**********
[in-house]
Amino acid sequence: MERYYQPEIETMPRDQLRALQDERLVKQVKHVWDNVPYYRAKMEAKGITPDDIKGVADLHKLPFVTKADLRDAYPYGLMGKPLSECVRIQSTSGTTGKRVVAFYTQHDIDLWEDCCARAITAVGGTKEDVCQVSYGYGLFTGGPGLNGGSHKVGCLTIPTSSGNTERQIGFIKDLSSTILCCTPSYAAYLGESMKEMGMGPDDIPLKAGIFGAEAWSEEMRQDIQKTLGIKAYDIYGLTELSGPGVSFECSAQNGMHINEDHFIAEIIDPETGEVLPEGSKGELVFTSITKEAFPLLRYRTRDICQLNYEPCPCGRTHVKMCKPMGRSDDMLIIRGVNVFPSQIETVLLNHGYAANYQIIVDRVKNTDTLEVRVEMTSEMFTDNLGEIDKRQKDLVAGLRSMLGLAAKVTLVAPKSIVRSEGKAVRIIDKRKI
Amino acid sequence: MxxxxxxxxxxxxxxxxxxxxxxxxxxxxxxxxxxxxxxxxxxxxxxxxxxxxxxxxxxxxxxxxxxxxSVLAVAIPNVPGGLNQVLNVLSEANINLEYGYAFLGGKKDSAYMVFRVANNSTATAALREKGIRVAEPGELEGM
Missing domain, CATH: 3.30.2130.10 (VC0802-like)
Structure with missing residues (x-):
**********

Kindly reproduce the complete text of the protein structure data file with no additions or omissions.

[in-house]
Amino acid sequence: MERYYQPEIETMPRDQLRALQDERLVKQVKHVWDNVPYYRAKMEAKGITPDDIKGVADLHKLPFVTKADLRDAYPYGLMGKPLSECVRIQSTSGTTGKRVVAFYTQHDIDLWEDCCARAITAVGGTKEDVCQVSYGYGLFTGGPGLNGGSHKVGCLTIPTSSGNTERQIGFIKDLSSTILCCTPSYAAYLGESMKEMGMGPDDIPLKAGIFGAEAWSEEMRQDIQKTLGIKAYDIYGLTELSGPGVSFECSAQNGMHINEDHFIAEIIDPETGEVLPEGSKGELVFTSITKEAFPLLRYRTRDICQLNYEPCPCGRTHVKMCKPMGRSDDMLIIRGVNVFPSQIETVLLNHGYAANYQIIVDRVKNTDTLEVRVEMTSEMFTDNLGEIDKRQKDLVAGLRSMLGLAAKVTLVAPKSIVRSEGKAVRIIDKRKI
Amino acid sequence: MxxxxxxxxxxxxxxxxxxxxxxxxxxxxxxxxxxxxxxxxxxxxxxxxxxxxxxxxxxxxxxxxxxxxSVLAVAIPNVPGGLNQVLNVLSEANINLEYGYAFLGGKKDSAYMVFRVANNSTATAALREKGIRVAEPGELEGM
Missing domain, CATH: 3.30.2130.10 (VC0802-like)
Structure with missing residues (x-):